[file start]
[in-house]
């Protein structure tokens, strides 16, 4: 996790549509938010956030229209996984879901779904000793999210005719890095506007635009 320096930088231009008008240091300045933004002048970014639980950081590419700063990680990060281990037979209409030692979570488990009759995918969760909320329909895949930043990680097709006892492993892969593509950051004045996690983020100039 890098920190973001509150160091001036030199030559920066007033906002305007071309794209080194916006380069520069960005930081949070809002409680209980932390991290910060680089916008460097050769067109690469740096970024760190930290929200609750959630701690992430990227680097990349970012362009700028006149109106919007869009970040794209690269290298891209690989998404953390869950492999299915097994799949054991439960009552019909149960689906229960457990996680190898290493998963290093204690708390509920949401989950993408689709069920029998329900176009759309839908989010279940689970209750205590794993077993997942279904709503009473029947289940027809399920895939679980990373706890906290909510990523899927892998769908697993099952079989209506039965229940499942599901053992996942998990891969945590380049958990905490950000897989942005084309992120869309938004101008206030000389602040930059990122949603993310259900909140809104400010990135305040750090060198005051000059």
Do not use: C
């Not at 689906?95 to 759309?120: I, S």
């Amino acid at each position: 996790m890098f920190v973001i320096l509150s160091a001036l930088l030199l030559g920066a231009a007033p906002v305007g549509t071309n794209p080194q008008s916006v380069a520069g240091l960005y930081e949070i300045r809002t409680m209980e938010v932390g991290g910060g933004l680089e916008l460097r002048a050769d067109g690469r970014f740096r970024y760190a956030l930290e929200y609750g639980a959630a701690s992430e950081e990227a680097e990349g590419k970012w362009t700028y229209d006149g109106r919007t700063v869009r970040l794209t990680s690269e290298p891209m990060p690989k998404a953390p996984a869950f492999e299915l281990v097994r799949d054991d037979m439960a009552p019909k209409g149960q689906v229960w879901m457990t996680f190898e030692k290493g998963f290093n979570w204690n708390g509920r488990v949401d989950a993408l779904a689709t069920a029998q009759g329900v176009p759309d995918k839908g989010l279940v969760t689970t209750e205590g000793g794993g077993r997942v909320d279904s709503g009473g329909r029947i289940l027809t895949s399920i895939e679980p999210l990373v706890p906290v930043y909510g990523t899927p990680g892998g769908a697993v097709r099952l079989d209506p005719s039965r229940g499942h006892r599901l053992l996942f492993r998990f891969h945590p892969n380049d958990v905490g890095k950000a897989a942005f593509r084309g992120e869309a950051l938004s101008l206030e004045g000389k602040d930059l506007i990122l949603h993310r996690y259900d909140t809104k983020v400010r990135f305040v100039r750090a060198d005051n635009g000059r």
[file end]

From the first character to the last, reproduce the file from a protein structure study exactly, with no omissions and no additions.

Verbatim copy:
[in-house]
């Protein structure tokens, strides 16, 4: 996790549509938010956030229209996984879901779904000793999210005719890095506007635009 320096930088231009008008240091300045933004002048970014639980950081590419700063990680990060281990037979209409030692979570488990009759995918969760909320329909895949930043990680097709006892492993892969593509950051004045996690983020100039 890098920190973001509150160091001036030199030559920066007033906002305007071309794209080194916006380069520069960005930081949070809002409680209980932390991290910060680089916008460097050769067109690469740096970024760190930290929200609750959630701690992430990227680097990349970012362009700028006149109106919007869009970040794209690269290298891209690989998404953390869950492999299915097994799949054991439960009552019909149960689906229960457990996680190898290493998963290093204690708390509920949401989950993408689709069920029998329900176009759309839908989010279940689970209750205590794993077993997942279904709503009473029947289940027809399920895939679980990373706890906290909510990523899927892998769908697993099952079989209506039965229940499942599901053992996942998990891969945590380049958990905490950000897989942005084309992120869309938004101008206030000389602040930059990122949603993310259900909140809104400010990135305040750090060198005051000059």
Do not use: C
């Not at 689906?95 to 759309?120: I, S």
């Amino acid at each position: 996790m890098f920190v973001i320096l509150s160091a001036l930088l030199l030559g920066a231009a007033p906002v305007g549509t071309n794209p080194q008008s916006v380069a520069g240091l960005y930081e949070i300045r809002t409680m209980e938010v932390g991290g910060g933004l680089e916008l460097r002048a050769d067109g690469r970014f740096r970024y760190a956030l930290e929200y609750g639980a959630a701690s992430e950081e990227a680097e990349g590419k970012w362009t700028y229209d006149g109106r919007t700063v869009r970040l794209t990680s690269e290298p891209m990060p690989k998404a953390p996984a869950f492999e299915l281990v097994r799949d054991d037979m439960a009552p019909k209409g149960q689906v229960w879901m457990t996680f190898e030692k290493g998963f290093n979570w204690n708390g509920r488990v949401d989950a993408l779904a689709t069920a029998q009759g329900v176009p759309d995918k839908g989010l279940v969760t689970t209750e205590g000793g794993g077993r997942v909320d279904s709503g009473g329909r029947i289940l027809t895949s399920i895939e679980p999210l990373v706890p906290v930043y909510g990523t899927p990680g892998g769908a697993v097709r099952l079989d209506p005719s039965r229940g499942h006892r599901l053992l996942f492993r998990f891969h945590p892969n380049d958990v905490g890095k950000a897989a942005f593509r084309g992120e869309a950051l938004s101008l206030e004045g000389k602040d930059l506007i990122l949603h993310r996690y259900d909140t809104k983020v400010r990135f305040v100039r750090a060198d005051n635009g000059r």